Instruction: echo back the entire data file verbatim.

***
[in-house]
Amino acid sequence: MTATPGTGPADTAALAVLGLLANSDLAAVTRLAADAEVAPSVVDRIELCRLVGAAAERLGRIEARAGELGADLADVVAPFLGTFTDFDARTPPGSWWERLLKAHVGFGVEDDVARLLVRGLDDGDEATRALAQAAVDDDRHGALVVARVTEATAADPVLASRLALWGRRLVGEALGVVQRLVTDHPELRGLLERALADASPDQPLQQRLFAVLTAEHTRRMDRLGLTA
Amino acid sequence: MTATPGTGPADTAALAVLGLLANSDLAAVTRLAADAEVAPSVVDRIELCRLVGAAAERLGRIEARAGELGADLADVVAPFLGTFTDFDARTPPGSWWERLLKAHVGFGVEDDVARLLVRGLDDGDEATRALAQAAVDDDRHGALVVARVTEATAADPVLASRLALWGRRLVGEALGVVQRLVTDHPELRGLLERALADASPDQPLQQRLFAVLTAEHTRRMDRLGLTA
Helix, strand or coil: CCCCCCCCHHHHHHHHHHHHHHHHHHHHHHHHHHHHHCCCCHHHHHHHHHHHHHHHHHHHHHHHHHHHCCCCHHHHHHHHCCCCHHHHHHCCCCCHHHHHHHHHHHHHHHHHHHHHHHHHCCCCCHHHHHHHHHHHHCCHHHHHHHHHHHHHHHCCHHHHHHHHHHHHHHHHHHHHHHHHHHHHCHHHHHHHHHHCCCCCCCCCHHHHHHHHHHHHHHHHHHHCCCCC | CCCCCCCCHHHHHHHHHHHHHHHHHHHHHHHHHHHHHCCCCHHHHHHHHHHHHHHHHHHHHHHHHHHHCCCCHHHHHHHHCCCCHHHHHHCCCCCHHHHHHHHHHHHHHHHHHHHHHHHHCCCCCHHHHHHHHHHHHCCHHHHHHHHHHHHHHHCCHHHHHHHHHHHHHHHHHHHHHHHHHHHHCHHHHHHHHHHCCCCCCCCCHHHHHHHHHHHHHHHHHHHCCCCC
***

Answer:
[in-house]
Amino acid sequence: MTATPGTGPADTAALAVLGLLANSDLAAVTRLAADAEVAPSVVDRIELCRLVGAAAERLGRIEARAGELGADLADVVAPFLGTFTDFDARTPPGSWWERLLKAHVGFGVEDDVARLLVRGLDDGDEATRALAQAAVDDDRHGALVVARVTEATAADPVLASRLALWGRRLVGEALGVVQRLVTDHPELRGLLERALADASPDQPLQQRLFAVLTAEHTRRMDRLGLTA
Amino acid sequence: MTATPGTGPADTAALAVLGLLANSDLAAVTRLAADAEVAPSVVDRIELCRLVGAAAERLGRIEARAGELGADLADVVAPFLGTFTDFDARTPPGSWWERLLKAHVGFGVEDDVARLLVRGLDDGDEATRALAQAAVDDDRHGALVVARVTEATAADPVLASRLALWGRRLVGEALGVVQRLVTDHPELRGLLERALADASPDQPLQQRLFAVLTAEHTRRMDRLGLTA
Helix, strand or coil: CCCCCCCCHHHHHHHHHHHHHHHHHHHHHHHHHHHHHCCCCHHHHHHHHHHHHHHHHHHHHHHHHHHHCCCCHHHHHHHHCCCCHHHHHHCCCCCHHHHHHHHHHHHHHHHHHHHHHHHHCCCCCHHHHHHHHHHHHCCHHHHHHHHHHHHHHHCCHHHHHHHHHHHHHHHHHHHHHHHHHHHHCHHHHHHHHHHCCCCCCCCCHHHHHHHHHHHHHHHHHHHCCCCC | CCCCCCCCHHHHHHHHHHHHHHHHHHHHHHHHHHHHHCCCCHHHHHHHHHHHHHHHHHHHHHHHHHHHCCCCHHHHHHHHCCCCHHHHHHCCCCCHHHHHHHHHHHHHHHHHHHHHHHHHCCCCCHHHHHHHHHHHHCCHHHHHHHHHHHHHHHCCHHHHHHHHHHHHHHHHHHHHHHHHHHHHCHHHHHHHHHHCCCCCCCCCHHHHHHHHHHHHHHHHHHHCCCCC